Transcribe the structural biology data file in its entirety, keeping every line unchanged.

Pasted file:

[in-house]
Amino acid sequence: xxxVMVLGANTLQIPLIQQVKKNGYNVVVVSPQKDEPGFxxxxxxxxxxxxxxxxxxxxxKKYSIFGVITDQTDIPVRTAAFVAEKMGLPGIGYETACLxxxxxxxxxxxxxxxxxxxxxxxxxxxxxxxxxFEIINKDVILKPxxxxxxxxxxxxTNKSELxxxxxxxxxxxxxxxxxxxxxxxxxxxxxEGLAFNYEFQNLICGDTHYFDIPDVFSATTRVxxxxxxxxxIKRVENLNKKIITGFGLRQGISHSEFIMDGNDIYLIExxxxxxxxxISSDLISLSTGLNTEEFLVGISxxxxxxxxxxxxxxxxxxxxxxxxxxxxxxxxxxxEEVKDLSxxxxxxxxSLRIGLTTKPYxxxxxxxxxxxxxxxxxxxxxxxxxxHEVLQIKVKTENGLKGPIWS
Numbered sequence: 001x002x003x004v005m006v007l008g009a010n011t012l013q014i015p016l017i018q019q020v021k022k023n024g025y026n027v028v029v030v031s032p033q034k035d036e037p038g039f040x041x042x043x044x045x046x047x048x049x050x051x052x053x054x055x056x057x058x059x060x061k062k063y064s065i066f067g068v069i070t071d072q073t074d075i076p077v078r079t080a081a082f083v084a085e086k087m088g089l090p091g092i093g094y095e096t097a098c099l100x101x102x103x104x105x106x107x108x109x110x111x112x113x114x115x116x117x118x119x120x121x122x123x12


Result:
[in-house]
Amino acid sequence: xxxVMVLGANTLQIPLIQQVKKNGYNVVVVSPQKDEPGFxxxxxxxxxxxxxxxxxxxxxKKYSIFGVITDQTDIPVRTAAFVAEKMGLPGIGYETACLxxxxxxxxxxxxxxxxxxxxxxxxxxxxxxxxxFEIINKDVILKPxxxxxxxxxxxxTNKSELxxxxxxxxxxxxxxxxxxxxxxxxxxxxxEGLAFNYEFQNLICGDTHYFDIPDVFSATTRVxxxxxxxxxIKRVENLNKKIITGFGLRQGISHSEFIMDGNDIYLIExxxxxxxxxISSDLISLSTGLNTEEFLVGISxxxxxxxxxxxxxxxxxxxxxxxxxxxxxxxxxxxEEVKDLSxxxxxxxxSLRIGLTTKPYxxxxxxxxxxxxxxxxxxxxxxxxxxHEVLQIKVKTENGLKGPIWS
Numbered sequence: 001x002x003x004v005m006v007l008g009a010n011t012l013q014i015p016l017i018q019q020v021k022k023n024g025y026n027v028v029v030v031s032p033q034k035d036e037p038g039f040x041x042x043x044x045x046x047x048x049x050x051x052x053x054x055x056x057x058x059x060x061k062k063y064s065i066f067g068v069i070t071d072q073t074d075i076p077v078r079t080a081a082f083v084a085e086k087m088g089l090p091g092i093g094y095e096t097a098c099l100x101x102x103x104x105x106x107x108x109x110x111x112x113x114x115x116x117x118x119x120x121x122x123x12